This year’s conference will host two Film Screenings where conference attendees can choose from a curated selection of South Asian films and documentaries.

The 50th Annual Conference on South Asia will be held in-person. We regret that films will only be screened in-person as part of this year’s conference. We invite all interested filmmakers to submit their films for the 51st Annual Conference in 2023.

Capitol Ballroom A

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Thursday, October 20

Time 3:45 – 5:30 PM
A Night of Knowing Nothing

In her debut film, Payal Kapadia deftly merges reality with fiction, weaving together archival footage with student protest videos to tell the story of L, a student at the Film and Television Institute of India, writing to her estranged lover while he is away. Gradually we’re immersed in the drastic changes taking place at the school and in the lives of young people across the country. A Night of Knowing Nothing is a vital tapestry of the personal and the political, an essential document of contemporary India and a nostalgic look at youth fighting the injustice of their time.


Payal Kapadia is a Mumbai-based filmmaker and artist. She studies Film Direction at the Film & Television Insitute of India. Her short films Afternoon Clouds and And What is the Summer Saying premiered respectively at the Cinéfondation and the Berlinale. She is a Berlinale Talents alumna and participated in 2019 at the Cinéfondation—Résidence du Festival de Cannes. Her first feature length film, A Night of Knowing Nothing, was selected for Director’s Fortnight, Cannes 2021, where it won the Golden Eye Prize for Best Documentary. Her next project, All We Imagine As Light, which received support from CICLIC, Hubert Bals Fund & PJLF Arts Fund, is currently in development

Friday, October 21

1:45 – 3:30 PM
Postcards from Tora Bora
Q&A with the Director to follow


Postcards from Tora Bora (2007) chronicles Wazhmah Osman’s return to Afghanistan in the early post-9/11 years of nation-building in Afghanistan when throngs of western development workers and over a trillion dollars in aid poured into the country. With co-director Kelly Dolak, she wanders the streets of Kabul pointing to the rebuilding amidst the ruins and speaking to Afghans about the past and present. This period marked a time of hope and rebuilding, when activism, media, and human rights flourished. How did we go from that to the US Withdrawal and Taliban takeover?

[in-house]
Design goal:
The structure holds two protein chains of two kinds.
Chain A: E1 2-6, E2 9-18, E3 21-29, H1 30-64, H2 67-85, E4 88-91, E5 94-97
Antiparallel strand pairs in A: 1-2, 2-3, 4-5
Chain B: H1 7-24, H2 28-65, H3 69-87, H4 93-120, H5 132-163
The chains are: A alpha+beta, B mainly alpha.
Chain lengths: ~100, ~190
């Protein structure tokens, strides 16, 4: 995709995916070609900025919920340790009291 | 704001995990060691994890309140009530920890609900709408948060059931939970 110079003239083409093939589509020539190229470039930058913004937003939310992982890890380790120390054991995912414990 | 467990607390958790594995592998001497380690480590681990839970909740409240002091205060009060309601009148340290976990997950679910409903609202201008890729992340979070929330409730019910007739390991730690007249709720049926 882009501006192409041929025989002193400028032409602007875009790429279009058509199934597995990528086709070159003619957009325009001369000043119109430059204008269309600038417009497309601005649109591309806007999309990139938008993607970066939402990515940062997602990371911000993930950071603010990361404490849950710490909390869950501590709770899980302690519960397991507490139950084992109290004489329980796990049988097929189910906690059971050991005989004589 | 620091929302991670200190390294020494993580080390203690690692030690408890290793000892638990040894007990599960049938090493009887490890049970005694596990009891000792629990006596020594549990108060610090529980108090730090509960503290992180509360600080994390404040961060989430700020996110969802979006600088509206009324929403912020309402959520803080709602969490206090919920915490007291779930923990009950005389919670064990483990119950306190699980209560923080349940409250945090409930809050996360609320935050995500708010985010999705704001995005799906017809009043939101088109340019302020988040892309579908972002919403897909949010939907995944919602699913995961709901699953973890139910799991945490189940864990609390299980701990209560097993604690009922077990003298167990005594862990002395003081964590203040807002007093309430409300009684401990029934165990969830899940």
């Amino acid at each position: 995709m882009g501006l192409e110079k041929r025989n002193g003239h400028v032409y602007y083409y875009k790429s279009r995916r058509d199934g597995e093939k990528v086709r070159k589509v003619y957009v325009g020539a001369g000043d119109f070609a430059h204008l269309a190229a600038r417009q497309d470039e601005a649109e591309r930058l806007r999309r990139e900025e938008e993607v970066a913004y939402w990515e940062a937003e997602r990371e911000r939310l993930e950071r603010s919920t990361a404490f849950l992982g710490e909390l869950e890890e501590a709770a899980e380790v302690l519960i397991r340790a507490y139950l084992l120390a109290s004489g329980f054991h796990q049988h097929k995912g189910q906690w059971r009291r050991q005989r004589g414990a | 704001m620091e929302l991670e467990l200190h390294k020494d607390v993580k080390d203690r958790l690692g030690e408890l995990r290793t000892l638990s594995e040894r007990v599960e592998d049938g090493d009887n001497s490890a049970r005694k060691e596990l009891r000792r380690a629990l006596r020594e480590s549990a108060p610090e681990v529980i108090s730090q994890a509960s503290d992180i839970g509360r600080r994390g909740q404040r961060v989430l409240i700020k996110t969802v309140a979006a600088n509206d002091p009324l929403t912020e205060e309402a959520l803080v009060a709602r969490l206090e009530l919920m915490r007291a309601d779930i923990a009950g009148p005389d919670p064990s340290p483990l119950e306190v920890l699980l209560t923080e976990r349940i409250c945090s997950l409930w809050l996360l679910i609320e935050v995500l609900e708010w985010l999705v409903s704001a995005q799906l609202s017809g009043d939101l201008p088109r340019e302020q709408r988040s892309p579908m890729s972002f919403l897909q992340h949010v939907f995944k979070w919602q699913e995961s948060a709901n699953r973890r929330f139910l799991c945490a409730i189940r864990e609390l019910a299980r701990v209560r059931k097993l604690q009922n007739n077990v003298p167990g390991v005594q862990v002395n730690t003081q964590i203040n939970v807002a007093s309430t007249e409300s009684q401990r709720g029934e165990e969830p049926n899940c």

Wazhmah Osman is an Afghan-American anthropologist and filmmaker who serves as Associate Professor in Media Studies and Production at Temple University. She is the author Television and the Afghan Culture Wars: Brought to You by Foreigners, Warlords, and Activists (University of Illinois Press, 2020). She is also the co-director of Postcards from Tora Bora (Documentary Educational Resources, 2007) and the co-author of the forthcoming Afghanistan: A Very Short Introduction (Oxford University, forthcoming). She has appeared as a commentator on Democracy Now, NPR, and Al Jazeera and works with community and activist groups.


Saturday, October 22

5:45 – 7:30 PM
Naach Bhikhari Naach

Naach is a form of traditional folk theatre from Bihar, India. In this tradition, male artists often crossdress as women on stage and are referred to as ‘laundas’. The most legendary name in this tradition is Bhikhari Thakur’s— an actor, playwright, and a social reformer popularly known as the ‘Shakespeare of Bhojpuri.’ The film follows the last four Naach performers to have worked with him and creates a visual archive of their performance tradition. As they share their plays, songs and a lifetime of memories, they immerse us into the world of folk theatre where we begin to see a glimpse of budhau– the old man, himself.


Shilpi Gulati is a Delhi based filmmaker whose body of work largely engages with gender, identity and oral narratives of regional communities in India. Her films Qissa-e Parsi and Taala te Kunjee have won National Awards. Shilpi is also an actor and workshop facilitator with Pandies’ Theatre Group that works on creating theatre with women and young adults.

Jainendra Kumar Dost’s work examines the social and political realities of Launda Nach and Bhikhari Thakur’s folk theatre in Bihar. His theoretical inquiry closely ties into his experience as a theatre practitioner over two decades of experience. Jainendra is also the Director of Bhikhari Thakur Repertory Training and Research Centre, which work towards the revival of folk theatre in Bihar.